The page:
Thanks to the partnership between East Cobb UMC and Powers Ferry Elementary, every first and second grade student at the school recently had to chance to pick out six new books for their home library.
We checked in with Rev. Kristin Heiden, pastor of East Cobb, to find out more!
Q: Tell us more about this project! How many kids (and books) were involved?
Rev. Kristin Heiden: We entered into a Partner in Education relationship with Powers Ferry elementary school two years ago. We learned about the low literacy rates in some of our area schools and wanted to see how we could address it, knowing that early reading is key to students' education. Our church's mission co-chairs, Donna and Merrill, are both retired teachers, so they are able to provide us with wisdom in this area, including notifying us of various national programs that the school could benefit from.
We decided on the Reading is Fundamental program that helps provide students with books to take home and begin their own at-home libraries (https://www.rif.org/). They sell books at a low cost and we were able to purchase in bulk. Overall, we were able to purchase enough books for all the 1st and 2nd grade students to choose 6 books from a variety of titles. That's 8 classes, averaging 17 kids per class. We have many leftover books that we will use for the tutoring program we plan to begin once COVID restrictions ease.
Q: That is a lot of kids and books! How did you pull it off?
Our church really got behind this project and wanted to see it succeed. We did fundraising on Sunday mornings, offering $10 sponsorships for congregation members to purchase as well as a fun contest involving the staff. We chose the theme, "Hats Off to Reading" for the book fair and used that as inspiration for fundraising as well. Our missions chairs decorated a hat and then congregation members got to choose which staff member would have to wear the hat during worship one Sunday. Every dollar was a vote. We raised over $500 through that effort alone. A big shoutout to our choir director and organist, Ira Pittman who won the contest. (Photo).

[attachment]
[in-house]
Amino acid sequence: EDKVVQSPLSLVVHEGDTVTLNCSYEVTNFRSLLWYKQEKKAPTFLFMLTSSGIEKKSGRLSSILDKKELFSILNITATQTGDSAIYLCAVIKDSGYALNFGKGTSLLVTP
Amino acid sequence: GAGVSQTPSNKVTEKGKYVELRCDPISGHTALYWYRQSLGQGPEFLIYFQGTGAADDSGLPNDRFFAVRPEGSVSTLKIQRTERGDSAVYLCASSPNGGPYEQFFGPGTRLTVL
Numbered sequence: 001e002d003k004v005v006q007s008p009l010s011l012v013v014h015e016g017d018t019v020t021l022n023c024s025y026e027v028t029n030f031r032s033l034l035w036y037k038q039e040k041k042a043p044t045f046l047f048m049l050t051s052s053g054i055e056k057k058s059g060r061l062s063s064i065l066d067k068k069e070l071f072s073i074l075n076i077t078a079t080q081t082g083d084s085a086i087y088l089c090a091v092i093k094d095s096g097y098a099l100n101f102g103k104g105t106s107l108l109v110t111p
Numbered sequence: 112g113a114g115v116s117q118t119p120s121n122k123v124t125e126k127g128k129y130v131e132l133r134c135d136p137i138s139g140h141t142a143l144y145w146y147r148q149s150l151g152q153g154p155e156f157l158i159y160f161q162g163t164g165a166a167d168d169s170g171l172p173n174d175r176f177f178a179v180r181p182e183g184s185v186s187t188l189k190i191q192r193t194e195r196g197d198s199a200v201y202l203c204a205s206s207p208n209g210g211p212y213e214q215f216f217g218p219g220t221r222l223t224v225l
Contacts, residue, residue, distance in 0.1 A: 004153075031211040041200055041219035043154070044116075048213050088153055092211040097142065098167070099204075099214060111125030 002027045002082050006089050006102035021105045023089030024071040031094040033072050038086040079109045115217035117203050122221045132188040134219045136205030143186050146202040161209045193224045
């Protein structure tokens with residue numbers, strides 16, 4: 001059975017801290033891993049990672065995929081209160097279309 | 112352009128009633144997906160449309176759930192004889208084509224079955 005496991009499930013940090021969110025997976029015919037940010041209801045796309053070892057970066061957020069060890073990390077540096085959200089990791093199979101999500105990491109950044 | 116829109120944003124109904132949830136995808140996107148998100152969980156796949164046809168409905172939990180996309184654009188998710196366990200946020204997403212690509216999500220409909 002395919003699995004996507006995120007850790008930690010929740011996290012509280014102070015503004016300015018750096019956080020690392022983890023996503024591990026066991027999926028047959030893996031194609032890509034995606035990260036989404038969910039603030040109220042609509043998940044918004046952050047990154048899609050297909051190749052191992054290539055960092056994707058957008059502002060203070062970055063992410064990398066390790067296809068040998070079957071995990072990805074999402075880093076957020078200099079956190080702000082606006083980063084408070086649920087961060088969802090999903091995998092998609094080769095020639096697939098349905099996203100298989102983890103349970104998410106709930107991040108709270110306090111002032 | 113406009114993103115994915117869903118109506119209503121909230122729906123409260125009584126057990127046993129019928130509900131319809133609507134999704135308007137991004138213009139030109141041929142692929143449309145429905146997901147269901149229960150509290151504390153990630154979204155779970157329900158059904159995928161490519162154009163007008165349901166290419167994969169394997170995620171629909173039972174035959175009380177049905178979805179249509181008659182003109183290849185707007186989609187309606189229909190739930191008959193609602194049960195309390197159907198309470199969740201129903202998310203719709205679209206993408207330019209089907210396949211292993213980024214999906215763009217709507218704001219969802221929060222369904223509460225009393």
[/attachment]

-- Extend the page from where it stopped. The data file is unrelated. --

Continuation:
Q: What was the day of the book fair like?
A Sunday School class spent a few weeks stamping all the books noting they were donated by the church as part of Reading is Fundamental. The day before the book fair, volunteers went up to the school after the children left to set up the Media Center with the book tables as well as bags for the students to carry the books, information about the importance of reading for the parents/guardians, bookmarks to color, and fun foam visors with stickers to decorate as part of the Hats Off theme. On the day of the fair, classes came into the media center in 30-minute blocks to pick their books and do the crafts. We also had a fun surprise message from Super Bowl Champion, Georgia Bulldog, and author Malcolm Mitchell that the kids got to see!
A big thanks to Kathy Culbertson, the media specialist, for all her assistance in getting the book fair set up and running so smoothly!
Q: Is there anything you learned that another church could benefit from?
Always be on the lookout for programs that already exist in areas you want to serve. The RIF program is available for anyone looking to serve children and literacy, and it helped to keep our costs low.
And, of course, always be prepared to pivot and improvise. With COVID restrictions, we weren't able to have the volunteer presence in the school that we had hoped for, but the staff of the school really came through for us. And, the week before the book fair, the rains came through Cobb and the place where we were storing the books flooded. We had to do an emergency book purchase after some of them got wet.
But, it was all worth it to see the kids so excited about getting new books. One even said as she was leaving the media center, "Best. Day. Ever!"